We’re back with our monthly list of publications to add to that ever-growing pile of things to read and peruse. June has us marvelling at the work of Marion Bataille, sobbing over a children’s story of feeling different, poring over the pages of an underground culture magazine, connecting with accounts of mental health, geeking out over logo and design histories, chuckling at Martin Parr’s bizarrely specific and extensive collection of Soviet space dog memorabilia, and doodling in an interactive graphic design activity book!
Now in its third issue, the bilingual art and design publication by Éditions Non Standard presents work by Marion Bataille. Each issue of UPO uses a basic large book format as an arena for experimentation with materials, type and design. With exposed sewn binding and Fedrigoni paper, this edition is designed by Studio Rejane Dal Bello and features the typeface Venus SB.
“Ever since I was born, I knew I was different.” Ximo Abadía’s illustrated children’s book tells the story of Goliath, a not-so-little little boy who towers over his peers. Goliath’s sense of alienation drives him to leave home and embark on a journey of self-discovery. Published by Little Gestalten, the book is filled with beautiful illustrations in bright primary colours. All us weirdos at It’s Nice That have certainly felt different at some point in our lives, and we’re sure you have too!
The third instalment from Portland-based collective and magazine Cult Classic continues the mission of previous issues to document and uphold the art of underground culture. The publication, which features alternating matte and gloss textures, is dedicated to “chronicling the people shaping the cultural landscape”, and includes a lesson in modern mysticism from The Hoodwitch.
Psyche is a collaborative, Risograph-printed magazine focusing on mental health. Created by Lucy Grainge and Juliette Fitzgerald Duffy, the publication aims to provide a platform, discussion, reflection and connection with others through storytelling. Issue two looks at the theme of “confrontations”, and includes insights from writers, actors, social workers, fashion designers and an environmental collective.
In a gargantuan publication of over 5,000 images, designer Rian Hughes breaks down his creation of brand identities and logos for some of the most iconic names in the comic, gaming and entertainment industries, such as DC, Marvel, Hasbro and the Cartoon Network. Essential reading and viewing, not just for designers, but for all contemporary culture enthusiasts.
Theo Inglis presents a comprehensive and detailed review of the graphic, illustrative and typographical aesthetic landscape of the mid-century, post-war period. The book encompasses advertising, magazines, book covers and record sleeve designs, and touches on influential designers of the period such as Corita Kent, Ray Eames, Helen Borten, Alvin Lustig and Saul Bass.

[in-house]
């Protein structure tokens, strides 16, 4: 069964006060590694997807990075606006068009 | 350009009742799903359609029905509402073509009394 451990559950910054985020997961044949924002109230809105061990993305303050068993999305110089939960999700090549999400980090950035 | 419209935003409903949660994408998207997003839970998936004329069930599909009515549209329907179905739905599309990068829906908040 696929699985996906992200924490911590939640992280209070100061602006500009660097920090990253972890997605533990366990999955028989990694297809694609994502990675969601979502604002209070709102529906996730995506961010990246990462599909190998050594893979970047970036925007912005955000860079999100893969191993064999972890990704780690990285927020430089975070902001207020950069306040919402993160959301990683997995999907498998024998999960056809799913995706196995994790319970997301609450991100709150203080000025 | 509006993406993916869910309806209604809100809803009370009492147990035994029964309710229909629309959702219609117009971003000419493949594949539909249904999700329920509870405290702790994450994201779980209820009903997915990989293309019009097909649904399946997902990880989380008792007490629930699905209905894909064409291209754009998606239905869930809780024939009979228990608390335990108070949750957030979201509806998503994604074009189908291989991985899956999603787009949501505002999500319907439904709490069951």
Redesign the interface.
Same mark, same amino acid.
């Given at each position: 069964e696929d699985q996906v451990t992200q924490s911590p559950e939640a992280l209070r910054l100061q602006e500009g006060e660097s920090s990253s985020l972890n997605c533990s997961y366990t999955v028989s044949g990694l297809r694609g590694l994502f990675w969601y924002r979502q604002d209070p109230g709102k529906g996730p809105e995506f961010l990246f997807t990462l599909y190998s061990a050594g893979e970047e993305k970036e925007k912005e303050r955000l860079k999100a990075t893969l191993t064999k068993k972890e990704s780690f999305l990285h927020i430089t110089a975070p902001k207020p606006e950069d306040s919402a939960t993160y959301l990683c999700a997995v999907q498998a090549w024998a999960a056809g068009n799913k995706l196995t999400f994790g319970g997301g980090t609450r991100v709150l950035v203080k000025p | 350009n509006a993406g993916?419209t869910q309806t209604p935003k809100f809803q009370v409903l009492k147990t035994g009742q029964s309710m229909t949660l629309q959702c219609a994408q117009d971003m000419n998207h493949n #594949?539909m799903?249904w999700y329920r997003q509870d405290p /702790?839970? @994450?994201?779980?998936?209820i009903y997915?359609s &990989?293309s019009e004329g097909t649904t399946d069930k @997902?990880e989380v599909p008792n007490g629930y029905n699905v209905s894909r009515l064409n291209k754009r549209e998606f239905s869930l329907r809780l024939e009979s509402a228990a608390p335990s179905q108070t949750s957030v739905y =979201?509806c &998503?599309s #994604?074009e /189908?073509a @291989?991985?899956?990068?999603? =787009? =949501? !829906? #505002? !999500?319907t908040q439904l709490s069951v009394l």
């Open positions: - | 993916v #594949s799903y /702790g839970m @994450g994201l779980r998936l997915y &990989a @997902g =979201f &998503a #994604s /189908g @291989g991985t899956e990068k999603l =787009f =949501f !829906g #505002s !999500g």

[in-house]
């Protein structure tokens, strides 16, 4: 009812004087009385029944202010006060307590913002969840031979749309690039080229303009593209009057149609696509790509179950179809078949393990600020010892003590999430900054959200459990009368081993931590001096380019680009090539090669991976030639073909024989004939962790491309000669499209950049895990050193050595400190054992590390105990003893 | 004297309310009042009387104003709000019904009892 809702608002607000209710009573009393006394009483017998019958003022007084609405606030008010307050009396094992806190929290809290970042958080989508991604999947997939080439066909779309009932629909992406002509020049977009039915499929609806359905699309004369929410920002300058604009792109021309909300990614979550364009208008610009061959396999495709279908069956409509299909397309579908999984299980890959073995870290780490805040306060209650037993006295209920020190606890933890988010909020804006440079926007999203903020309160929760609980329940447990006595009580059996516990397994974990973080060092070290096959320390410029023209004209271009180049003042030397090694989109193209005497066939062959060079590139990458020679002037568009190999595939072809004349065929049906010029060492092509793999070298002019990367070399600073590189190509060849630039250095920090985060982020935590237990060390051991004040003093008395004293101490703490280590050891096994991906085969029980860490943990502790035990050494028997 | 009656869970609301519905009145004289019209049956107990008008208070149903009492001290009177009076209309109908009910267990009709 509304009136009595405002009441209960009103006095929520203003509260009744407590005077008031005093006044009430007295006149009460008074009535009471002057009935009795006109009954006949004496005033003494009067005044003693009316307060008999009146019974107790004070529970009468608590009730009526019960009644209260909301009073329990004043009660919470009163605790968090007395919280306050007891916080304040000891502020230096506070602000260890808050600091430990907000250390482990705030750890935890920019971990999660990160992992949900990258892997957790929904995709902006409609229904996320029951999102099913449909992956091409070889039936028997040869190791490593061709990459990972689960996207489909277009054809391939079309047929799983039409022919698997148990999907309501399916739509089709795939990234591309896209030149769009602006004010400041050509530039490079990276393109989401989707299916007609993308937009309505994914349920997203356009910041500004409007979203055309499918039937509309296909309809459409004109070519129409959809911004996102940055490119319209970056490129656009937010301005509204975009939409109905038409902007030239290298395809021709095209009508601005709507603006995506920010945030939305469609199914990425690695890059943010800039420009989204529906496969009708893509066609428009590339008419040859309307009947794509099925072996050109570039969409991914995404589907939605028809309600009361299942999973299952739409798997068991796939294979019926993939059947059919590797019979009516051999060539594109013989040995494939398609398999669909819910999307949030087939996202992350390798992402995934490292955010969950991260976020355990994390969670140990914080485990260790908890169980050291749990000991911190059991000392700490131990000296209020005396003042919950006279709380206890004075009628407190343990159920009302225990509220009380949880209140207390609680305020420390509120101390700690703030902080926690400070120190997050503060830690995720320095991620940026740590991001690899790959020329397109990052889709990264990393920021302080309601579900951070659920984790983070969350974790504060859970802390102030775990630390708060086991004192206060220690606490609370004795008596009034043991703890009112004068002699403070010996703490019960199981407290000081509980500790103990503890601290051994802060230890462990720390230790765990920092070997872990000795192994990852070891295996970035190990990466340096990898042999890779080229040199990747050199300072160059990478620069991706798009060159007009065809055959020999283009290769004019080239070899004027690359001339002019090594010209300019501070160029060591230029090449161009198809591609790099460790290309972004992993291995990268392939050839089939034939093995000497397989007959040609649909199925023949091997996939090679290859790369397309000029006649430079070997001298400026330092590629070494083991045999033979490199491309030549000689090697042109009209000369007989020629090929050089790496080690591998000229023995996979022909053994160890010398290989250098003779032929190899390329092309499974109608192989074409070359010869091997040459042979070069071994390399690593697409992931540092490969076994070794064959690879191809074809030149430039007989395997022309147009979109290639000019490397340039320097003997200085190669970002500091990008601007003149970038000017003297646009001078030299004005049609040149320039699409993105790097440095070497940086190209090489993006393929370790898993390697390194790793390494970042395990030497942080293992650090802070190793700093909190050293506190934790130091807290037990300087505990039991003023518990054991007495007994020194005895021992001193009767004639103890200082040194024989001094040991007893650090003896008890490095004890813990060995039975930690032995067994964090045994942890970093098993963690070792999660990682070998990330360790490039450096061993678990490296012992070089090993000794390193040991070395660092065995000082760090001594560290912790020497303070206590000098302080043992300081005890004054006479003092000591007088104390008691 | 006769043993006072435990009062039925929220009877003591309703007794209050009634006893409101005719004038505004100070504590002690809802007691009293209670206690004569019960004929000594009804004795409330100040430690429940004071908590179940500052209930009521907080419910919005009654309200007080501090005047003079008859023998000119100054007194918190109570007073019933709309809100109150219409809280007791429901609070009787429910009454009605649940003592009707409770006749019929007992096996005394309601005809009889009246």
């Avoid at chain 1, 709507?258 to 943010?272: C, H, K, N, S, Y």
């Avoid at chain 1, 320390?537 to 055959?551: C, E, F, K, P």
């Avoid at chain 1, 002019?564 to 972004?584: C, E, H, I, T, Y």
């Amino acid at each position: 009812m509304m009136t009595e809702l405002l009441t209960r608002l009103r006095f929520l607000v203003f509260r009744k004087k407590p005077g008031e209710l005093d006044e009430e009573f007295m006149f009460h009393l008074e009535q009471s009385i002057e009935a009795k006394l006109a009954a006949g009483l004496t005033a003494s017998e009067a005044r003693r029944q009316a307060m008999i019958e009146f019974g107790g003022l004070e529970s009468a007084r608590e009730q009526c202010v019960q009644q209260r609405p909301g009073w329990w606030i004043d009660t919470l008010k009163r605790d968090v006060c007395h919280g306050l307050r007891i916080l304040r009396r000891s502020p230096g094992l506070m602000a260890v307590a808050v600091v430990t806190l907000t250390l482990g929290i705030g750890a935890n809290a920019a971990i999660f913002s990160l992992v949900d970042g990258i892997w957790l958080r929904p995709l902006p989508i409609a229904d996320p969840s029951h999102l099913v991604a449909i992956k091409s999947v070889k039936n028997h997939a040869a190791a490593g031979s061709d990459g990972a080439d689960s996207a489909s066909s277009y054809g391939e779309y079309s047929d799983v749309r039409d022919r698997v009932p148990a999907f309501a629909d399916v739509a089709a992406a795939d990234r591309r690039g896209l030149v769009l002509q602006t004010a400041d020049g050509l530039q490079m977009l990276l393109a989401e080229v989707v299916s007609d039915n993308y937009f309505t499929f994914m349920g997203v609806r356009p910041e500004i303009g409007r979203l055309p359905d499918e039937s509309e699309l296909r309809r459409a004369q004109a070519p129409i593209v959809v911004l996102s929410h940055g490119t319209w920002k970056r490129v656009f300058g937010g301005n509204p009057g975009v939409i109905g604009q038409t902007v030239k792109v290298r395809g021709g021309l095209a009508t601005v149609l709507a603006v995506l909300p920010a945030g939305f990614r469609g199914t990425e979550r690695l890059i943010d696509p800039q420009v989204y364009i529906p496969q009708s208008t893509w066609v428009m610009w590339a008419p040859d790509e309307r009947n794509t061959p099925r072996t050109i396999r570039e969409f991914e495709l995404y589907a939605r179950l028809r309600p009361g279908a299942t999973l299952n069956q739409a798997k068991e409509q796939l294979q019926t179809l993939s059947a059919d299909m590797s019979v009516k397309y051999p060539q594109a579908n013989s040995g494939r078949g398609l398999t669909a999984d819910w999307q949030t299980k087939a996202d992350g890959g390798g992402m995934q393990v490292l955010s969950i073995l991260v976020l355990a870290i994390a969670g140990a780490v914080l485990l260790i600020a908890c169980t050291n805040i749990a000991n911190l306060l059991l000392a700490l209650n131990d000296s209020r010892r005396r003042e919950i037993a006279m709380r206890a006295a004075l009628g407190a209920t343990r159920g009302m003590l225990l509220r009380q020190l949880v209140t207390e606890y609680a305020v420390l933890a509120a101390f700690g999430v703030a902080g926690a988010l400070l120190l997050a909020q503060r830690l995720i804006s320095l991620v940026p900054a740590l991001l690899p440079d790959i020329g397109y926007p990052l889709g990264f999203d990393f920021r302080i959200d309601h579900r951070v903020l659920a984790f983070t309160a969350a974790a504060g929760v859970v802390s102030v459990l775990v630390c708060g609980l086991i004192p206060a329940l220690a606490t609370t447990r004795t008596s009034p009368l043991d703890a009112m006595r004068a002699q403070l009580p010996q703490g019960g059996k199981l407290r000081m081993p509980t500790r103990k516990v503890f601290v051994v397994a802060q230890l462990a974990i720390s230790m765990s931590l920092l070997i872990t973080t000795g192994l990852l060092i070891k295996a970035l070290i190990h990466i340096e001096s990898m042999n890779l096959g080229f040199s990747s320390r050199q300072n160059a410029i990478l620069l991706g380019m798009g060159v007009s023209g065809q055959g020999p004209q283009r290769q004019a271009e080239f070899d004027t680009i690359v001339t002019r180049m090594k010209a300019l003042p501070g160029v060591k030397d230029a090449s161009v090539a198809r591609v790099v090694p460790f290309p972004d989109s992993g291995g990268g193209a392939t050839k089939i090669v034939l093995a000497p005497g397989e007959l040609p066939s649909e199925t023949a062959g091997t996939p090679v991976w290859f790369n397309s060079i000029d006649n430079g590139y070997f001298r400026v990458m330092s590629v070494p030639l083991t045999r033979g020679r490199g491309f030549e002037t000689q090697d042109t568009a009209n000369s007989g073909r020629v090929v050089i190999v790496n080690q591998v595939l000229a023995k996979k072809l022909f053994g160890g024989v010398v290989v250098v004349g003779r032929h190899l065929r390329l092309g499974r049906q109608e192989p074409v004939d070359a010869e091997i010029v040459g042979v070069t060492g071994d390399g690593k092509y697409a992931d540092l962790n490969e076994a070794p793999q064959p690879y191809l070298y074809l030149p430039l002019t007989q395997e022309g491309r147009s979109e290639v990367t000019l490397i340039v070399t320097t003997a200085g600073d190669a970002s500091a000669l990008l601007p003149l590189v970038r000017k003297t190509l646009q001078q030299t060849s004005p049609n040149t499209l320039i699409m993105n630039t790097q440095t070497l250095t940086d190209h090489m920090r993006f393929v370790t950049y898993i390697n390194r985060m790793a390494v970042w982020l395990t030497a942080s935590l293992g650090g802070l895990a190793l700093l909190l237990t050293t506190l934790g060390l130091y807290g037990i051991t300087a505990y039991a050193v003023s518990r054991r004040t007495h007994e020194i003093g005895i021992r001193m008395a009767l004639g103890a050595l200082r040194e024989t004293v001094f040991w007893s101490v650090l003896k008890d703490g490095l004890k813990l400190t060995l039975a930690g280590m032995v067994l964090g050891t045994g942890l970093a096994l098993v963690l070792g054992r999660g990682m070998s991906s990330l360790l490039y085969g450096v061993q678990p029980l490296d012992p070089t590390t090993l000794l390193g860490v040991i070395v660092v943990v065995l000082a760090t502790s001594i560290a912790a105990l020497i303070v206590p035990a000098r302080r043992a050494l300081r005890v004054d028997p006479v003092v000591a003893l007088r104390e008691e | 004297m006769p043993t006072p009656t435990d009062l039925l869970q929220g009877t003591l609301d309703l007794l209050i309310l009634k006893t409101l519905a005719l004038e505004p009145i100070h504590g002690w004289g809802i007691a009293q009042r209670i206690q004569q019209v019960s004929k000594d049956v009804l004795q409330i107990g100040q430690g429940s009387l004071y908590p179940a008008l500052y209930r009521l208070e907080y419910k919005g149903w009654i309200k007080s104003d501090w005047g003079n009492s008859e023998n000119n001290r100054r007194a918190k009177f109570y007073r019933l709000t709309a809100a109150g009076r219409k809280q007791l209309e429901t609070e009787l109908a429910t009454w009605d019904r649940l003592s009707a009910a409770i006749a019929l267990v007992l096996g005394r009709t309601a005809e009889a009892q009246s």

Consisting of exercises and instruction in typography, posters, signs and identity, the Graphic Design Playbook is aimed at all ages and all levels to encourage intuitive thinking and playful exploration in the world of visual communication. A new English translation of the 2015 Livret d’initiation ou graphisme, the publication includes a glossary of graphic design terminology and a removable “toolbox” of stencils, stickers and paper.
This book by Martin Parr and Richard Hollingham is dedicated to the phenomenon of the Soviet space dogs that were brought in as participants in the 1950s space race between the USA and the USSR. With illustrations from Martin Parr’s own collection of space dog ephemera, the publication considers the figure of the space dog in 1950s Soviet culture – such as the original “canine cosmonaut”, Laika, whose image was proliferated on stamps and souvenirs.
With its seminal issue, Meantime collates a selection of family photographs, written and visual personal memories and keepsakes that revolve around the central theme of love in all its many iterations. Meantime is a publication about looking back on the past and making something eternal out of the ephemeral.
- How will pineapple leaves, algae and mushroom cement save the future of our cities?
- “I’m a bit afraid of colours”: Romina Malta on her illustrative approach to design
- Meme supreme: Daniel Keogh's maximalist illustrations are impossible to scroll past
- Painting friends in mid-conversation, Alex Bradley Cohen hides as much as he reveals
- Through 3D scans and animation, Agusta Yr creates a dreamlike world for Moschino and Yang Li
- “Perfectly beautiful things don’t attract me”: Heesun Seo on her nontraditional practice
- Pentagram rebrands Warner Bros. with a “sleek and clean” update to its shield logo
- Manchester Girls, the new series from Dean Davies, is a visual homage to the women of the north
- Relive the lazy, hazy, crazy days of summer through Summer of Something Special
- Viktor Hübner photographs American anxieties amongst a shifting political environment
- Jiří Makovec’s photographs meander between the personal and the universal
- Berlin Wall graffiti is made into a typeface to warn how "division is freedom's biggest threat"